Biff doesn’t know that Willy’s mistress is hiding in the bathroom of the hotel room. She comes outside and Biff see’s her. He is shocked and lashes out at Willy. Weeping, he accuses Willy of being a fake. Biff declines Willy’s continual offerings to try and fix the grade.

When Biff finds out that Willy has been unfaithful to his mother, his whole world comes crashing down. Due to the fusion (enmeshment) he has with his father, his self-worth has always existed as an extension of his Willy’s. For the first time in his life, he sees the truth about him. This is traumatic for Biff. However, he surprisingly handles it quite well in the moment . He is able to recognize his father’s wrongdoings and remove himself from it. However, this is what results in him leaving home. Biff realizes he doesn’t need to please his father anymore and wants to pursue his passion of working with his hands (12). Biff has finally removed himself from the enmeshment and low level of differentiation (See Family Systems Theory by Dr. Murray Bowen). However, he has flip flopped himself over to the other end of the boundary spectrum. Rather than being enmeshed, he is disengaged from his father. Not wanting to face the reality of the relationship of his parents and who his father truly is. However since Biff still has the enmeshment psychologically engrained in his being, he returns home to New York to try and be successful to please his father, leaving frustrated every time. This in turn results in Willy’s long time disappointment in Biff. Therapeutically, the first step here would be to empathize with Biff. It’s quite understandable that he would flee home after a traumatic experience like this, and it is admirable that he was able to differentiate himself from the way he was raised. However, this family is in need of dire-restructuring. The main problem is Willy’s affair. It needs to be out in the open in order for this family to heal. The therapists responsibility however, is not to “out” this fact and potentially ruin a marriage. Rather, the therapist needs to foster an environment of trust, healing, and restructuring where this type of news can be accepted and worked into a bigger picture of issues that need to be solved. It would take a while of therapy and restructuring to foster this type of environment, but it is the key to making any significant progress to heal this family system.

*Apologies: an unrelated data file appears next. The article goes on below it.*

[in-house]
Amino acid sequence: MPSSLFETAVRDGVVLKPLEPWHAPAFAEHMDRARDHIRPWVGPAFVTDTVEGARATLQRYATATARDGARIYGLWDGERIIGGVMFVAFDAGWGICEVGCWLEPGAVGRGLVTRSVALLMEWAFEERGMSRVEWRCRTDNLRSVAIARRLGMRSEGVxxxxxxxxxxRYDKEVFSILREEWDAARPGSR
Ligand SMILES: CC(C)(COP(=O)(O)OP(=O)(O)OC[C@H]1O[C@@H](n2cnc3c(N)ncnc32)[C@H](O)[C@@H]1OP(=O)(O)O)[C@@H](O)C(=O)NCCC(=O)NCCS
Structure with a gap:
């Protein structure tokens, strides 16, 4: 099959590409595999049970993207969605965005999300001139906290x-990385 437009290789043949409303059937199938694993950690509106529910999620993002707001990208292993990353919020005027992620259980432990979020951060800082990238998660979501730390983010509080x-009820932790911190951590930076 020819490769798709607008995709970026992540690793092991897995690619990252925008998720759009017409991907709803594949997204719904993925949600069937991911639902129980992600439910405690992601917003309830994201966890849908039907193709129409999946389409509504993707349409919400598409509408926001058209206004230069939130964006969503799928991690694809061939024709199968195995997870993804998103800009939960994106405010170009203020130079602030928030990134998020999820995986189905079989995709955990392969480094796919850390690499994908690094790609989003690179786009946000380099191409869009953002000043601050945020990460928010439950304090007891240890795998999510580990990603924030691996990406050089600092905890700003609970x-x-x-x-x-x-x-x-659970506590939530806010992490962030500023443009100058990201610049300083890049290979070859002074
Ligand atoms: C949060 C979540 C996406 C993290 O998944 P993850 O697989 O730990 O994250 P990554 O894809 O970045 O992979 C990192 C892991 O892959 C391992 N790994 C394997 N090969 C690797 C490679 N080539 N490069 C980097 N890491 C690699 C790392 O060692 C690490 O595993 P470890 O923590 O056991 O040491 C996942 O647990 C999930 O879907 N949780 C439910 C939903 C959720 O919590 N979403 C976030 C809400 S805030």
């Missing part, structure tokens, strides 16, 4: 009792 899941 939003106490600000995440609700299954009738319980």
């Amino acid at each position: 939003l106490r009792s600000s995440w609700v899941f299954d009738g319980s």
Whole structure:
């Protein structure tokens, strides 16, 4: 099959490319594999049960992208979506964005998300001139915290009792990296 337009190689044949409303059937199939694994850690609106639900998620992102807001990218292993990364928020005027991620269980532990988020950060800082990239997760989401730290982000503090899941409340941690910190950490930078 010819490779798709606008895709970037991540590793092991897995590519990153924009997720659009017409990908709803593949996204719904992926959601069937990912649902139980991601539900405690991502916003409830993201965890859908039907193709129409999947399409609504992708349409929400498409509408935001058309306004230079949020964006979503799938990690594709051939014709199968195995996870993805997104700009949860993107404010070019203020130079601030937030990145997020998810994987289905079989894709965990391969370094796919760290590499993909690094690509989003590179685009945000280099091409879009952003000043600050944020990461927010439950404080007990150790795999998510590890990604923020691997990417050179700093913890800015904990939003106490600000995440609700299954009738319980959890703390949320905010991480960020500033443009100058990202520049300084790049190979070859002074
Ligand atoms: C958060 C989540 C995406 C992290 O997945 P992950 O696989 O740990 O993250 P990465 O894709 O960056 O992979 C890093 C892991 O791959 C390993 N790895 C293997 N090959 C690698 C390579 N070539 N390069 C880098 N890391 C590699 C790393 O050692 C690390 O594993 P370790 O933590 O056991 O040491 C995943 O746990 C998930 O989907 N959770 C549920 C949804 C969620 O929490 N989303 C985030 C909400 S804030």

Works Cited

  1. Minuchin, Salvador, and Salvador MINUCHIN. Families and Family Therapy, Harvard University Press, 1974. ProQuest Ebook Central,
  2. Kerr, Michael E. “One Family’s Story: A Primer on Bowen Theory.” The Bowen Center for the Study of the Family. 2000.
  3. Kerr, Michael E., and Murray Bowen. Family Evaluation : an Approach Based on Bowen Theory. Norton, 1988. cat05324a, Accessed 24 Oct. 2019.
  4. Sterling, Eric. Arthur Miller’s Death of a Salesman. Rodopi, 2008. cat05476a, Accessed 24 Oct. 2019.

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Death of a Salesman and Salvador Minichun’s Structural Family Therapy. (2022, Apr 18). Retrieved from